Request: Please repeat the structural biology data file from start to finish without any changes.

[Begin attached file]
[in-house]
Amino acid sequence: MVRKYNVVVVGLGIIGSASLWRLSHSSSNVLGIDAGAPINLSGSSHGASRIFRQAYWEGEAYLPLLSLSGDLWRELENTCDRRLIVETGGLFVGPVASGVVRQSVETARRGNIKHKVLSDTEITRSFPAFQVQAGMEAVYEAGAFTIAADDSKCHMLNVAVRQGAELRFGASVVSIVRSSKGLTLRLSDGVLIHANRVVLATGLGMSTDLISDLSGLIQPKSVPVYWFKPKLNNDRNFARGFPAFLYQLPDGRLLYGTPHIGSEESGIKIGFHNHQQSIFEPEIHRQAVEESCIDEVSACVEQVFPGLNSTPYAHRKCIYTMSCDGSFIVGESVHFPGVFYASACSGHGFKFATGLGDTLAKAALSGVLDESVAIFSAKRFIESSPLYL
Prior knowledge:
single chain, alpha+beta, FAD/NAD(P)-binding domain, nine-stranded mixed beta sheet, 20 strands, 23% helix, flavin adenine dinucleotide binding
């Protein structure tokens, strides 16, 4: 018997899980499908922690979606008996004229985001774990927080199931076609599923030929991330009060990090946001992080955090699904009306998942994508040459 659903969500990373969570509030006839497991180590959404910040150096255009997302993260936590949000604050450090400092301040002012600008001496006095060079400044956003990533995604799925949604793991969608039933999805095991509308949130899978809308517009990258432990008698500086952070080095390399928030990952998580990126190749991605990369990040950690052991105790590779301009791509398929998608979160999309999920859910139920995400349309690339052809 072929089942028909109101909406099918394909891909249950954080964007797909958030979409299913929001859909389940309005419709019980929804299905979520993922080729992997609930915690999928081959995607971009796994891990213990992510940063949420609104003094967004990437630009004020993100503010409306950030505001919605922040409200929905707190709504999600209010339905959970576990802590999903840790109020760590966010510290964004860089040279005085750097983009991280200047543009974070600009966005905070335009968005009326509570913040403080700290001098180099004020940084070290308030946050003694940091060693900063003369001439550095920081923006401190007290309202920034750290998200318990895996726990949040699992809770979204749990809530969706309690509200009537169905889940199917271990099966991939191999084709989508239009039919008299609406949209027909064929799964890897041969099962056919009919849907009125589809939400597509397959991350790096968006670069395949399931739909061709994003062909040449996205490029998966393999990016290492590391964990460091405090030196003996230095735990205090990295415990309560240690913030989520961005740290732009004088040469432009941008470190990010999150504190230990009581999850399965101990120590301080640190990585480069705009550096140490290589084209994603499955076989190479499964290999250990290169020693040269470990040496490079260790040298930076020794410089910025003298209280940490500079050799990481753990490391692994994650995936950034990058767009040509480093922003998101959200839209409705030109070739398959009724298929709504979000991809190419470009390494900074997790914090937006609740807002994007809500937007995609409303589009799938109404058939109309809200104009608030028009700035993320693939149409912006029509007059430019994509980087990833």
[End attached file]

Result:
[in-house]
Amino acid sequence: MVRKYNVVVVGLGIIGSASLWRLSHSSSNVLGIDAGAPINLSGSSHGASRIFRQAYWEGEAYLPLLSLSGDLWRELENTCDRRLIVETGGLFVGPVASGVVRQSVETARRGNIKHKVLSDTEITRSFPAFQVQAGMEAVYEAGAFTIAADDSKCHMLNVAVRQGAELRFGASVVSIVRSSKGLTLRLSDGVLIHANRVVLATGLGMSTDLISDLSGLIQPKSVPVYWFKPKLNNDRNFARGFPAFLYQLPDGRLLYGTPHIGSEESGIKIGFHNHQQSIFEPEIHRQAVEESCIDEVSACVEQVFPGLNSTPYAHRKCIYTMSCDGSFIVGESVHFPGVFYASACSGHGFKFATGLGDTLAKAALSGVLDESVAIFSAKRFIESSPLYL
Prior knowledge:
single chain, alpha+beta, FAD/NAD(P)-binding domain, nine-stranded mixed beta sheet, 20 strands, 23% helix, flavin adenine dinucleotide binding
């Protein structure tokens, strides 16, 4: 018997899980499908922690979606008996004229985001774990927080199931076609599923030929991330009060990090946001992080955090699904009306998942994508040459 659903969500990373969570509030006839497991180590959404910040150096255009997302993260936590949000604050450090400092301040002012600008001496006095060079400044956003990533995604799925949604793991969608039933999805095991509308949130899978809308517009990258432990008698500086952070080095390399928030990952998580990126190749991605990369990040950690052991105790590779301009791509398929998608979160999309999920859910139920995400349309690339052809 072929089942028909109101909406099918394909891909249950954080964007797909958030979409299913929001859909389940309005419709019980929804299905979520993922080729992997609930915690999928081959995607971009796994891990213990992510940063949420609104003094967004990437630009004020993100503010409306950030505001919605922040409200929905707190709504999600209010339905959970576990802590999903840790109020760590966010510290964004860089040279005085750097983009991280200047543009974070600009966005905070335009968005009326509570913040403080700290001098180099004020940084070290308030946050003694940091060693900063003369001439550095920081923006401190007290309202920034750290998200318990895996726990949040699992809770979204749990809530969706309690509200009537169905889940199917271990099966991939191999084709989508239009039919008299609406949209027909064929799964890897041969099962056919009919849907009125589809939400597509397959991350790096968006670069395949399931739909061709994003062909040449996205490029998966393999990016290492590391964990460091405090030196003996230095735990205090990295415990309560240690913030989520961005740290732009004088040469432009941008470190990010999150504190230990009581999850399965101990120590301080640190990585480069705009550096140490290589084209994603499955076989190479499964290999250990290169020693040269470990040496490079260790040298930076020794410089910025003298209280940490500079050799990481753990490391692994994650995936950034990058767009040509480093922003998101959200839209409705030109070739398959009724298929709504979000991809190419470009390494900074997790914090937006609740807002994007809500937007995609409303589009799938109404058939109309809200104009608030028009700035993320693939149409912006029509007059430019994509980087990833």